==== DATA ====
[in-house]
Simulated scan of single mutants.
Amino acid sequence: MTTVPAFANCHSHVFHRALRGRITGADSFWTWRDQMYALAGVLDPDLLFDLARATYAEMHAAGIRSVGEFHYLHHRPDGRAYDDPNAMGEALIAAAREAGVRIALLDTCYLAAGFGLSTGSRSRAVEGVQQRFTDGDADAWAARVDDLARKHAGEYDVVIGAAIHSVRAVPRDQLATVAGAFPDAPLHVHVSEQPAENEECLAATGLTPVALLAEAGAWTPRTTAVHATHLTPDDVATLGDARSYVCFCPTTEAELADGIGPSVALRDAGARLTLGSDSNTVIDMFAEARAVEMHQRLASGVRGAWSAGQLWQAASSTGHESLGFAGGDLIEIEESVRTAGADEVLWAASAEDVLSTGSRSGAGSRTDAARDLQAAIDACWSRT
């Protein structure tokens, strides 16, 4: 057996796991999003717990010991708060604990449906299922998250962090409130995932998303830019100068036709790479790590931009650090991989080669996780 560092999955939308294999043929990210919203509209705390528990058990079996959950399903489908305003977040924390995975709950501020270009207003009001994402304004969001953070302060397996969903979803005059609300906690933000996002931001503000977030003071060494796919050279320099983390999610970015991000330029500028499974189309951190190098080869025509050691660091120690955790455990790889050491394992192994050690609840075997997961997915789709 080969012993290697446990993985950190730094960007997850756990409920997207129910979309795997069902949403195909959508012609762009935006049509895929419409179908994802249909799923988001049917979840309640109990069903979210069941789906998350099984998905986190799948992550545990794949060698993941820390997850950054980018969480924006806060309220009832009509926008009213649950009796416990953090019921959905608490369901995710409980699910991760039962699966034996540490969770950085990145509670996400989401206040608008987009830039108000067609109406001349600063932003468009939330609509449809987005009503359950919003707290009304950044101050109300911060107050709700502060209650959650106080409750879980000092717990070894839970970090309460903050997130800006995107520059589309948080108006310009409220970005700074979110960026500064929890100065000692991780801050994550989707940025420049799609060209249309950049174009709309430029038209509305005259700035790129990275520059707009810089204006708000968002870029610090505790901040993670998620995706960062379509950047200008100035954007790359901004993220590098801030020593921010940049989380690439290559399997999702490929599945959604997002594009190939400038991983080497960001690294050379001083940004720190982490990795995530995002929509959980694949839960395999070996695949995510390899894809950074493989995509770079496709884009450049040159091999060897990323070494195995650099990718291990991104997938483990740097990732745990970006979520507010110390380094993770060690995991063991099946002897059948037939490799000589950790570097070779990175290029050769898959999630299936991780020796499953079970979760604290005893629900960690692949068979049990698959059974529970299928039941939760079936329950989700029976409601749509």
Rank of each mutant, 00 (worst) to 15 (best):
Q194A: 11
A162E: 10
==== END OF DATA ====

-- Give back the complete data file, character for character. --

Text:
[in-house]
Simulated scan of single mutants.
Amino acid sequence: MTTVPAFANCHSHVFHRALRGRITGADSFWTWRDQMYALAGVLDPDLLFDLARATYAEMHAAGIRSVGEFHYLHHRPDGRAYDDPNAMGEALIAAAREAGVRIALLDTCYLAAGFGLSTGSRSRAVEGVQQRFTDGDADAWAARVDDLARKHAGEYDVVIGAAIHSVRAVPRDQLATVAGAFPDAPLHVHVSEQPAENEECLAATGLTPVALLAEAGAWTPRTTAVHATHLTPDDVATLGDARSYVCFCPTTEAELADGIGPSVALRDAGARLTLGSDSNTVIDMFAEARAVEMHQRLASGVRGAWSAGQLWQAASSTGHESLGFAGGDLIEIEESVRTAGADEVLWAASAEDVLSTGSRSGAGSRTDAARDLQAAIDACWSRT
């Protein structure tokens, strides 16, 4: 057996796991999003717990010991708060604990449906299922998250962090409130995932998303830019100068036709790479790590931009650090991989080669996780 560092999955939308294999043929990210919203509209705390528990058990079996959950399903489908305003977040924390995975709950501020270009207003009001994402304004969001953070302060397996969903979803005059609300906690933000996002931001503000977030003071060494796919050279320099983390999610970015991000330029500028499974189309951190190098080869025509050691660091120690955790455990790889050491394992192994050690609840075997997961997915789709 080969012993290697446990993985950190730094960007997850756990409920997207129910979309795997069902949403195909959508012609762009935006049509895929419409179908994802249909799923988001049917979840309640109990069903979210069941789906998350099984998905986190799948992550545990794949060698993941820390997850950054980018969480924006806060309220009832009509926008009213649950009796416990953090019921959905608490369901995710409980699910991760039962699966034996540490969770950085990145509670996400989401206040608008987009830039108000067609109406001349600063932003468009939330609509449809987005009503359950919003707290009304950044101050109300911060107050709700502060209650959650106080409750879980000092717990070894839970970090309460903050997130800006995107520059589309948080108006310009409220970005700074979110960026500064929890100065000692991780801050994550989707940025420049799609060209249309950049174009709309430029038209509305005259700035790129990275520059707009810089204006708000968002870029610090505790901040993670998620995706960062379509950047200008100035954007790359901004993220590098801030020593921010940049989380690439290559399997999702490929599945959604997002594009190939400038991983080497960001690294050379001083940004720190982490990795995530995002929509959980694949839960395999070996695949995510390899894809950074493989995509770079496709884009450049040159091999060897990323070494195995650099990718291990991104997938483990740097990732745990970006979520507010110390380094993770060690995991063991099946002897059948037939490799000589950790570097070779990175290029050769898959999630299936991780020796499953079970979760604290005893629900960690692949068979049990698959059974529970299928039941939760079936329950989700029976409601749509």
Rank of each mutant, 00 (worst) to 15 (best):
Q194A: 11
A162E: 10